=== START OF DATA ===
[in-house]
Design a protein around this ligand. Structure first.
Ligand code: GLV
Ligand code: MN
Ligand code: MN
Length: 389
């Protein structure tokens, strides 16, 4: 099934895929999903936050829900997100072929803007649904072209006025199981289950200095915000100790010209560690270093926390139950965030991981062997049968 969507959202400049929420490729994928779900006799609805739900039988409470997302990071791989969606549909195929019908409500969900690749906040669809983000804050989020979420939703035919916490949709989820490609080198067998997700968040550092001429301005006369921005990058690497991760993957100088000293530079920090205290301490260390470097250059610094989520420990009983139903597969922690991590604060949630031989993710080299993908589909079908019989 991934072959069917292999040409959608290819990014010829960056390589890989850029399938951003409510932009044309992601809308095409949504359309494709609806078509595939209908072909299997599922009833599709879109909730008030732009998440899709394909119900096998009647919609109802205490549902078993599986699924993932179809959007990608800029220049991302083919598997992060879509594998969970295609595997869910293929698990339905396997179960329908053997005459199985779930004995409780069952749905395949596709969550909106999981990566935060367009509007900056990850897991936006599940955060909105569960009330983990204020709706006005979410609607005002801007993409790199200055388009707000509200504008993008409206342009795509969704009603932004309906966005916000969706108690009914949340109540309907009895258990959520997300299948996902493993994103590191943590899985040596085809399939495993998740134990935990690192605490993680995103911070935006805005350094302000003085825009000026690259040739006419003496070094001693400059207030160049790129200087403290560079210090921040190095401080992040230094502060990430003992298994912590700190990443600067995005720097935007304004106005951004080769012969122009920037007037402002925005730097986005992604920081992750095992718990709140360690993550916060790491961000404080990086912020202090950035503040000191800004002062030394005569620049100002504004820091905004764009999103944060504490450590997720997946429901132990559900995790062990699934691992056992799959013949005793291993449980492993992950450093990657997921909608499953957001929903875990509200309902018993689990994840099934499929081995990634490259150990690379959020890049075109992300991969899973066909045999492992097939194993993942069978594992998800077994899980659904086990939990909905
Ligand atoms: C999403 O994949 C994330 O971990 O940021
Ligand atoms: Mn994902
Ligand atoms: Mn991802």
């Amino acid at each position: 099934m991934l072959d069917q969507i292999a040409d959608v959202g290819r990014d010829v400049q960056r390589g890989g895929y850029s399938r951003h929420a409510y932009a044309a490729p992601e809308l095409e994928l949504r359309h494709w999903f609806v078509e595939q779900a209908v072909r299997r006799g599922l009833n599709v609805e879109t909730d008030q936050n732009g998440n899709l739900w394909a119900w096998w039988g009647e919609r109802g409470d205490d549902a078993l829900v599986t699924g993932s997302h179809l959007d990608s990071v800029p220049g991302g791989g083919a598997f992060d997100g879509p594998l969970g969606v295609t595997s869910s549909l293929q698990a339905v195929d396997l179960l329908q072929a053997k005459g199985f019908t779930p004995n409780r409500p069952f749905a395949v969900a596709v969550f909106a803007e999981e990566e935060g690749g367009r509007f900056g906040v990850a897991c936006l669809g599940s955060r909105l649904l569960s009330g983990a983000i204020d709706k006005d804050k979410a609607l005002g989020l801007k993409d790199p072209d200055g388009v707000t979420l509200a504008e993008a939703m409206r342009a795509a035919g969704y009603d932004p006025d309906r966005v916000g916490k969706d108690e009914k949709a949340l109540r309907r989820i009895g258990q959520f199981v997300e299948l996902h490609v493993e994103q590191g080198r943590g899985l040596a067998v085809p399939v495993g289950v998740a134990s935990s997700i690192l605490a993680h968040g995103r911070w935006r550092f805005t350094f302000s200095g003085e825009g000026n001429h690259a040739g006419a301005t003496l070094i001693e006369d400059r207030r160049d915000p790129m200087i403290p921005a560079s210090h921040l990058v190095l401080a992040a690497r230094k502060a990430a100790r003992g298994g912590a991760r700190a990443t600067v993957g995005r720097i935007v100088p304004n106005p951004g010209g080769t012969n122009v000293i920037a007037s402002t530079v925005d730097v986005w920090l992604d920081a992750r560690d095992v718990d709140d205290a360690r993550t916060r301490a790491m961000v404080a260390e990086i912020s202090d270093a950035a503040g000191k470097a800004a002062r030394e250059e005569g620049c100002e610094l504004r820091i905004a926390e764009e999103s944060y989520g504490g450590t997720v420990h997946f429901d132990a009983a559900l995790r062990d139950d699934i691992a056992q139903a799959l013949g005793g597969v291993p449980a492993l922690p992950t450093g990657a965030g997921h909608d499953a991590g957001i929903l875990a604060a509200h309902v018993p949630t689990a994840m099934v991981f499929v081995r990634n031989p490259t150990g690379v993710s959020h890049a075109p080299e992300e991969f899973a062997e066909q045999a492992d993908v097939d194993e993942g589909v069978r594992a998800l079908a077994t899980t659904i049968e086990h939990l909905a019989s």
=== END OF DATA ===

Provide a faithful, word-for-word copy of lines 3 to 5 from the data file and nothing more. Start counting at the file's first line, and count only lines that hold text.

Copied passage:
Ligand code: GLV
Ligand code: MN
Ligand code: MN